Category: Media Training Tips

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Lord Bell: Loud Cell + Lousy Sell = Interview Hell

Some media disaster posts write themselves.

Lord Timothy Bell—co-founder of one of the UK’s largest PR firms—is no stranger to controversy. His firm has engaged in propaganda campaigns and boasts a controversial client list. But his firm’s dubious work in South Africa may lead to the demise of the firm he started.

If his goal in this BBC interview was to help preserve his reputation, let’s just say it didn’t work.

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Air Canada’s CEO Tries — And Fails — To Control An Interview

It’s not uncommon for some executives, who are used to being in control and angered when they’re challenged, to lash out during a media interview.

Unfortunately for Air Canada CEO Calin Rovinescu, it’s also not uncommon for reporters to punish executives for their unappealing tone.

For an interview published in The Globe and Mail, reporter Trevor Cole asked a series of seemingly fair questions about the airline. Rovinescu’s tone shifted when he didn’t like a few questions—and he answered sarcastically and defensively through much of the rest of the interview.

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Dallas Cowboys Coach Gives The Same Non-Answer 10 Times

News reports revealed last week that Dallas Cowboys wide receiver Lucky Whitehead had been arrested for shoplifting $25 from a Virginia convenience store. Wasting no time, the Cowboys cut Whitehead from the team later that day.

There was only one problem. He didn’t do it.

But the Cowboys didn’t apologize. Instead, head coach Jason Garrett defended the team’s decision to cut Whitehead during a very strange press conference by repeating the same evasive statement 10 times. Here’s the video and the fallout.

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My Worst Media Interview Ever

A reader recently asked me: “What was the worst media interview you ever gave? What did you learn from it?”

Fortunately, I’ve never had an outright media disaster. But my mind immediately went to an interview I gave in 2010 about what scientists should expect from their interactions with the media.

The story that resulted from that interview was harmless. But my experience during the interview was bruising, and taught me several important lessons.

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Ken Starr: Don’t Do Your Media Training During The Actual Interview!

I’ve written about hundreds of media disasters over the past decade, but I’ve never seen anything quite like this.

The subject of this interview is Ken Starr, whose work as independent counsel in the 1990s led to the impeachment of President Bill Clinton. In later years (and until this week) he was president and chancellor of Baylor University — where he was forced out due to his poor handling of rape allegations at his school.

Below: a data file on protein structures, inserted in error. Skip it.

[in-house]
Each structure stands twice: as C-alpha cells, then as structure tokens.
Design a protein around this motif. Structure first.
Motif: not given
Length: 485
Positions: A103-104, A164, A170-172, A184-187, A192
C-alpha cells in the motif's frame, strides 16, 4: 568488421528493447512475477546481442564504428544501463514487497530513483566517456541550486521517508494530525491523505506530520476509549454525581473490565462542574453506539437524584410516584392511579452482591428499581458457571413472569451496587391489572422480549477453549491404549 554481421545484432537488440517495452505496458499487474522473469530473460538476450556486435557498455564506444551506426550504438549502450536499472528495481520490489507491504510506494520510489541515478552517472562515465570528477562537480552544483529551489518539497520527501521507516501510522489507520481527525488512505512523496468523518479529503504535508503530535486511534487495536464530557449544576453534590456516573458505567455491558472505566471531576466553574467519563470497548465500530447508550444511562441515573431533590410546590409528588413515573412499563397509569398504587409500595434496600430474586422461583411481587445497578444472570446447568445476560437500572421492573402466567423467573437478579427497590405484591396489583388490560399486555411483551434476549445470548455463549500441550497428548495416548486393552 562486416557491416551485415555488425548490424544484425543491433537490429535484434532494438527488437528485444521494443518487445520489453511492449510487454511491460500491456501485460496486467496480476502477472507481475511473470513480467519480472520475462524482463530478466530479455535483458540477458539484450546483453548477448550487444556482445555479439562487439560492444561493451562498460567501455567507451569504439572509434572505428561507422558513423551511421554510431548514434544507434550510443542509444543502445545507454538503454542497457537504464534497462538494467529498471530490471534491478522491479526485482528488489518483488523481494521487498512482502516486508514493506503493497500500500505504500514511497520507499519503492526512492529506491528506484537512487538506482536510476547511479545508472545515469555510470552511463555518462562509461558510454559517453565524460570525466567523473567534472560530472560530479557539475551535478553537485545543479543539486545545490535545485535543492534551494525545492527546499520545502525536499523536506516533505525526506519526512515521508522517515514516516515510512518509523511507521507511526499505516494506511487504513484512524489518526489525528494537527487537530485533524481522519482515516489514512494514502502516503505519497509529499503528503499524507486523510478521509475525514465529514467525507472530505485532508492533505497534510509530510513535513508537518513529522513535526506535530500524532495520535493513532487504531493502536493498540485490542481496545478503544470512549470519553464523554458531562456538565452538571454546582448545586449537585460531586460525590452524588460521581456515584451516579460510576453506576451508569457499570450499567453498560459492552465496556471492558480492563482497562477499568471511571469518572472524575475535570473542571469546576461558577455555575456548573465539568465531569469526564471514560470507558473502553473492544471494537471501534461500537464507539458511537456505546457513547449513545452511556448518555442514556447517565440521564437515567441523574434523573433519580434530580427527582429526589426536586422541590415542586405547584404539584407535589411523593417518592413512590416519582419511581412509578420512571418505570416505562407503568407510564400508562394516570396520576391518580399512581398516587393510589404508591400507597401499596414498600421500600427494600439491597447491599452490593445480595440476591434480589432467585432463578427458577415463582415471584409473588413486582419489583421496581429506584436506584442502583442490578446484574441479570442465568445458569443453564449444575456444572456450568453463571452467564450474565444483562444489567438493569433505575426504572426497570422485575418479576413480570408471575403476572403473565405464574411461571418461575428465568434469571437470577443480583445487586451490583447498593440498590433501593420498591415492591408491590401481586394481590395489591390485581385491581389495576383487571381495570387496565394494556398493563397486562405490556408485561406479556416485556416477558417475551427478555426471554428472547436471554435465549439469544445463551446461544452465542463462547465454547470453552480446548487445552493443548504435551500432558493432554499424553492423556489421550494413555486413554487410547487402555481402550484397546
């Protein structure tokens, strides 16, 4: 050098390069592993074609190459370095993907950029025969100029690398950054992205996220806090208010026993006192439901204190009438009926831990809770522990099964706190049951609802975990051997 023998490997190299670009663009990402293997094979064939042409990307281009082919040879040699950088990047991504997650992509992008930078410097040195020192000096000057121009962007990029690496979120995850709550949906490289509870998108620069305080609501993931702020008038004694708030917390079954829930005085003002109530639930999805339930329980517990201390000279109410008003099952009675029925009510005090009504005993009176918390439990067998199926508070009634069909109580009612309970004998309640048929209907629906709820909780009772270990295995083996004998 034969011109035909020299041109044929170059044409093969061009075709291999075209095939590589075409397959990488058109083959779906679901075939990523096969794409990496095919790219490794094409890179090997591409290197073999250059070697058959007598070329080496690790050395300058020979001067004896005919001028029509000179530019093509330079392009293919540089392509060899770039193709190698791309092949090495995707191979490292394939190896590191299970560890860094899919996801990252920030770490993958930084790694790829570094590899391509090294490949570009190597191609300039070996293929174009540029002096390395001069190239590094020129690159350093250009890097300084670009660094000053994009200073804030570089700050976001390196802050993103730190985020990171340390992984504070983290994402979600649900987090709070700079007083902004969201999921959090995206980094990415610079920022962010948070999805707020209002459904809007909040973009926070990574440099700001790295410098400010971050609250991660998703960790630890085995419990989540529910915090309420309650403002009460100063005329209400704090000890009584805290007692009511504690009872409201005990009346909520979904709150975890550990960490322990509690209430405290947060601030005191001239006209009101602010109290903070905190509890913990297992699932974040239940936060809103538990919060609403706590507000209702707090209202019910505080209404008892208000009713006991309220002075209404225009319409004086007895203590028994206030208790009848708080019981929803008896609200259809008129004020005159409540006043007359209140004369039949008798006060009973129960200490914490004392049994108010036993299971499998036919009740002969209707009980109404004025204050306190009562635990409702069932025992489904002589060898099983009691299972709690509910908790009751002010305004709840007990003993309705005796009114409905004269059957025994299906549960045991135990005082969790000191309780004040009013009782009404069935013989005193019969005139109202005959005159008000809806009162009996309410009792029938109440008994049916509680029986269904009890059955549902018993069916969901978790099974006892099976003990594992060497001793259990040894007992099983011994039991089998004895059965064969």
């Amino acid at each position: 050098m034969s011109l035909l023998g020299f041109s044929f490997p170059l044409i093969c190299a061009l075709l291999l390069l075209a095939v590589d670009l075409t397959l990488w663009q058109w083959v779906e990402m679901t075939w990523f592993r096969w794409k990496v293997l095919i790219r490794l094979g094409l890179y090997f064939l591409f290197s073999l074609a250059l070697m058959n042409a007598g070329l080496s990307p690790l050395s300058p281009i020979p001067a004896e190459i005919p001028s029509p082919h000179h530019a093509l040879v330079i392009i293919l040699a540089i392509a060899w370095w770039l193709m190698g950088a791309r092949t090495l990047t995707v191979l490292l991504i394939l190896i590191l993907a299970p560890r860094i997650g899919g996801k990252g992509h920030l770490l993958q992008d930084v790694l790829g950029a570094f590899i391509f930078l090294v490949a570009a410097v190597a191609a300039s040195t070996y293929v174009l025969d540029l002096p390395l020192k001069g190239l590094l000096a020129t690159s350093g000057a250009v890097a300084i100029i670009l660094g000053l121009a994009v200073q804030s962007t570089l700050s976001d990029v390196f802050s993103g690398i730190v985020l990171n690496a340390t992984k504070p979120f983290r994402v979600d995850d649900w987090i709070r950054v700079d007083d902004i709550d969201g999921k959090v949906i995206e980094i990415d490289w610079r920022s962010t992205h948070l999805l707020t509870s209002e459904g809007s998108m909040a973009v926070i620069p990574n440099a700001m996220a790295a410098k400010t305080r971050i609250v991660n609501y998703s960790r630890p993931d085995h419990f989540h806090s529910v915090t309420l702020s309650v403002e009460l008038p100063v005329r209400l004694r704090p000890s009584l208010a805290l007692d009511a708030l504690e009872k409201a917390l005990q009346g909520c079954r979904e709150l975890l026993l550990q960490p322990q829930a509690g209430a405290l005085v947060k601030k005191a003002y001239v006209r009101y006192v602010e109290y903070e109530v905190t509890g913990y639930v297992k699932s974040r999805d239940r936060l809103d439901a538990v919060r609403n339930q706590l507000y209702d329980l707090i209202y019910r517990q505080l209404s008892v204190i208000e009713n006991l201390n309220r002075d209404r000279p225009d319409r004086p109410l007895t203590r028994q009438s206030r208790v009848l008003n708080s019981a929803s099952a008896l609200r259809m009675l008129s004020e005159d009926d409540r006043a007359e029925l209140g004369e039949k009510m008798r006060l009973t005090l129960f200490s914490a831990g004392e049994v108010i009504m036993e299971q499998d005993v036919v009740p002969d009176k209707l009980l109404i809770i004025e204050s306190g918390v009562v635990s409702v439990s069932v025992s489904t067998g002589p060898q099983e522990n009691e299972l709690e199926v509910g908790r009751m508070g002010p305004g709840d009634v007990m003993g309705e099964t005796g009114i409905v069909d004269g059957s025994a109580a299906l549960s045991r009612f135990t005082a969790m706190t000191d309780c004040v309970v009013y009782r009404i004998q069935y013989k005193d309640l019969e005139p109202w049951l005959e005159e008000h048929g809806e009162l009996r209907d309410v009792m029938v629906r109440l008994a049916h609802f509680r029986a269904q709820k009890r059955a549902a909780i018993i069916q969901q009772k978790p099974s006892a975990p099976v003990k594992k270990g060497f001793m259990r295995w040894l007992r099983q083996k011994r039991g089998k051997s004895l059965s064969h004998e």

I’ve rarely seen someone do their media training during an actual interview — but that’s essentially what happened here.

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Classic Clip: When You’re The Wrong Guest On Live Television

What should you do when you show up for a job interview at a network, get confused for an expert who was booked as a television guest, and get thrust without warning onto the set for a live on-camera interview?

That’s the exact question that faced a job applicant named Guy Goma 10 years ago this month. His answer was to proceed with the interview as if he was the actual guest.

He looked panicked at first, but bluffed his way through rather impressively.

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Here’s How Chris Matthews Forced A Donald Trump Abortion Error

Donald Trump earned condemnation from liberals and conservatives alike on Wednesday for stating that women who get abortions should receive “some form of punishment.”

Trump’s campaign quickly realized he had committed a major error and went into overdrive to correct it. During one cleanup interview, his spokesperson admitted, “This was a complete misspeak.”

Interviewer Chris Matthews used a specific technique to knock Trump off script — and our trainees fall victim to it often.

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What It Feels Like To Freeze On National Television

Earlier this month, an Australian lecturer named Benjamin Habib of Melbourne’s Latrobe University appeared on live television to discuss North Korea’s recent rocket launch.

When the camera’s light came on, Habib froze—and despite the best effort of the anchors, he couldn’t get back on track.

What makes this interview interesting is what happened afterward. Dr. Habib wrote an essay for his blog, in which he described the humiliating experience and his battle with mental illness which, he says, contributed to his on-air performance.

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